Judging by the way currency traders have been trading the Real and Peso, however, it appears as if traders are not properly distinguishing between the two. When a crisis hits (as one did in September 2008), it seems as if traders sell Latin American together first, then ask questions later. Take a look at the following currency graph from yahoo finance..
The Challenges for Mexico:
The macro economic challenges confronting the Mexican economy are quite serious.
I recently read an excellent (although slightly negative) analysis of the challenges facing Mexico from the source ´RGE monitor` (here). In this article, the economist Walter Molano outlined the following challenges (summarized here):
summary of points:
- The decline in oil prices will hit Mexico hard. The Mexican government will soon face a gaping hole in the fiscal accounts. Oil represents about a third of government revenues. Unfortunately, the decline in the valuation of crude coincides with a plunge in oil production.
- Drop in metal prices will weigh heavily on the mining regions, particularly in the north.
- dramatic fall in remittances expected as the US slows (especially construction)
- Slow down in the automobile industry is forcing some Maquiladoras to close factories and furlough workers.
- The current account gap may exceed $24 billion in 2009.
- This shortfall will be larger if remittances collapse. (which might fall by 50% due to contraction in the US)
- the capital account will not provide any solace. Foreign direct investment will also decline, due to the downturn in manufacturing. There is a chance that the portfolio flows will be negative, as investors flee the emerging markets.
- the peso will have to devalue…the Mexican currency could lose another 20% to 25%, which could put it above 17 to 1 against the USD
- corporate defaults expected; No Mexican CFO is prepared for such a scenario, which could lead to despair on the corporate front. Hence, we could be in for a wave of unexpected defaults.
- social situation could become explosive. The lawlessness caused by the burgeoning drug trade undermined local institutions, such as the press, judiciary and law enforcement.
- author: Walter Molano | Dec 18, 2008
This may be the extreme view to the negative side, but it does throw up the red-flag, and warn investors about the potential for crisis. Investors should be careful, however, to recognize that Mexico has some unique characteristics that should be highlighted, so that investors dont reflexivly sell `Latin America` on bad news in Mexico.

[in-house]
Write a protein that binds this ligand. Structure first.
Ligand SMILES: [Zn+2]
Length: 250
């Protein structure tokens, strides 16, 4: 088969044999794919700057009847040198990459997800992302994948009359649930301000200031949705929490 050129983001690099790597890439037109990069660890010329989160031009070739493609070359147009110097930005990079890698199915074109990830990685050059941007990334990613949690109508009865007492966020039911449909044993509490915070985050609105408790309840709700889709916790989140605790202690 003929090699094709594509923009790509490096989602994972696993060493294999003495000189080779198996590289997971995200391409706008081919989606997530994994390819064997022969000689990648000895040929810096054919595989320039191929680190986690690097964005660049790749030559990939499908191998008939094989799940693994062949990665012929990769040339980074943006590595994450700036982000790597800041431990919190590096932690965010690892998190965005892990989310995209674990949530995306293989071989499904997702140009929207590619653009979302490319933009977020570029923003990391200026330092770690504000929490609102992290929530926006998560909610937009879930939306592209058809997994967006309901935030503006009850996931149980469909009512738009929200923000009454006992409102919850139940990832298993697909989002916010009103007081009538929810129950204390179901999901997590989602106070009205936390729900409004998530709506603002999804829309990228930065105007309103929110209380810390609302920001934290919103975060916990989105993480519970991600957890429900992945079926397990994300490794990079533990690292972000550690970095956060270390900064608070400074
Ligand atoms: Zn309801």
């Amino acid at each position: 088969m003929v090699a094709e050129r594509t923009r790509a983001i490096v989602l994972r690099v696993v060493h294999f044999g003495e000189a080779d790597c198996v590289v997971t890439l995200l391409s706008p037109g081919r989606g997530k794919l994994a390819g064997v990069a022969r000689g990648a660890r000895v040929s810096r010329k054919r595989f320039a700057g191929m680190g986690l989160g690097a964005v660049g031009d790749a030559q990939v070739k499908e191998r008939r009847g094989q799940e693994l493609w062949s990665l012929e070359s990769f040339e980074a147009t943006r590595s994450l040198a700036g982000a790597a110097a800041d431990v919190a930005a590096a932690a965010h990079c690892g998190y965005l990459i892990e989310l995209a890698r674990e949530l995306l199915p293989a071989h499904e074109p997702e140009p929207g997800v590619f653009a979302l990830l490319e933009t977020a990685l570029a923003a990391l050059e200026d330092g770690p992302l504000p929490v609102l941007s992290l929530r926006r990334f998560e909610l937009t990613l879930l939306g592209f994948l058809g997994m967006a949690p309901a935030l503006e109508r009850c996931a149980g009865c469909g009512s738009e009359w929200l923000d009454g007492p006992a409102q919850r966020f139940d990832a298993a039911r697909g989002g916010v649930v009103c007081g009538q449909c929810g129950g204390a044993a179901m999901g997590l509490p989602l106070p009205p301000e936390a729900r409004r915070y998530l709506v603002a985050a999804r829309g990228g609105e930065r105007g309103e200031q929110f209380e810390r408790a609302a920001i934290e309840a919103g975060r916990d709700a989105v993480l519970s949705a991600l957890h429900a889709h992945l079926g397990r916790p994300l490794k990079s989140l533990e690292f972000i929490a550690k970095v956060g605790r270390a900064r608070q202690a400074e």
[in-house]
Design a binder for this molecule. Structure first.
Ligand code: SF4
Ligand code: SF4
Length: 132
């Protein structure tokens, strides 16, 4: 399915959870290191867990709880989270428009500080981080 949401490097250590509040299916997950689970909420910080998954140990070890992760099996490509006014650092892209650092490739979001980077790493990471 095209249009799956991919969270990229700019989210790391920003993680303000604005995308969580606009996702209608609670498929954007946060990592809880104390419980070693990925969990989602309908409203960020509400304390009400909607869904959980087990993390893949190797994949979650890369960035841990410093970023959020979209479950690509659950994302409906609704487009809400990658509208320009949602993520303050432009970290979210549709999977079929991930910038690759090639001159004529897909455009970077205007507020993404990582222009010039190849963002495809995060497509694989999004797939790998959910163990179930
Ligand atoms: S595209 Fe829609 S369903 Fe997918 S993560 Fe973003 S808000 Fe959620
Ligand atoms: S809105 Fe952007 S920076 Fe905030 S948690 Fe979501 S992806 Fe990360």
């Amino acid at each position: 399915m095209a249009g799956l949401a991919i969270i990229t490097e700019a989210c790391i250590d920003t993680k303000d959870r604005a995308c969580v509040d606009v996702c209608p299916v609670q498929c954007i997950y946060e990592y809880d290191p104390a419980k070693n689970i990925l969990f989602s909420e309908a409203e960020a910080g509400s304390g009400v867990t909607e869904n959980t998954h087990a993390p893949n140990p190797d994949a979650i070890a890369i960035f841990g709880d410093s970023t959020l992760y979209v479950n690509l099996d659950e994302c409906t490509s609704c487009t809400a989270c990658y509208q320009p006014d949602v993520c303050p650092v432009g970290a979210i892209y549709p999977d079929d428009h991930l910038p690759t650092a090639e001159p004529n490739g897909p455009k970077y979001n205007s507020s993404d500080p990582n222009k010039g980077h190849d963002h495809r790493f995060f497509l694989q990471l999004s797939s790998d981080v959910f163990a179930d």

Brazil is different:
While Brazil and Mexico do share a bond as commodity-exporting Latin American nations, there are some critical differences that investors should keep in mind.
Nearly 80% of Mexicos exports go to the USA, but only 17% of Brazils exports head for North America (Canada, Mexico, and USA included). This makes Brazil much less export dependent upon the US manufacturing sector (who´s slowdown is driving the slump in Mexico).
Another big difference is that Mexico´s major commodity export is oil, which has dropped from $130+ per barrel, down to $30.52 last week. Brazil´s exports of commodities are much more food-based and therfore should have support even if the recession turns to depression and lasts longer than analysts predict (so there is less long-term risk for Brazil, as people will continue needing to eat, even if production of material goods doesnt come back for a while).
Also, remittances play a much smaller role in Brazil´s economy than in Mexico´s.
My point is that even if you agree with his analysis (as many traders do), it would be unwise to lump all of Latin America together, and to not distinguish some of the unique characteristics that its economies have. My fear is that investors seem to lump bad news in Latin America together, and punish all commodity exporting countries together whenever one of them shows signs of weakness.
On the other hand….(or, how Mexico could surprise Mr. Molano!)
Before completing this article, I believe its important to first challenge some of Mr. Molano´s assertions…
In response to his article, however, I would say that Mr. Molano forgets to mention that the Mexican government has locked-in oil prices at $70 per barrel throughout 2009 (by purchasing $1.5 billion in derivatives contracts). source: Ft.com
Another factor that Mr. Molano fails to mention is the huge warchest of reserves that Mexico has built up…
`The central bank has accumulated more than $30 billion in foreign currency reserves since Mexico’s own 1995 financial crisis, allowing it to auction off at least $15 billion to prop up the battered peso last year`. source Ft.com
In the mean time, however, I agree with Mr. Molano´s analysis that Mexico will be challenged by a mixture of reduced demand of oil exports, lower level of orders for its manufactured goods, and a reduced level of remittances from abroad, especially from the USA. The danger is that oil prices may stay low beyond one year, at which time, Mexican budget could be serverly challenged.
Join our Forum and our Wiki to discuss…
- Do you disagree with Mr. Molanos analysis of Mexico? Please join our forum to discuss
- Are we missing something? Please visit our wiki for either Brazil or Mexico and add your thoughts…
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Originally published at Globo Trends and reproduced here with the author’s permission.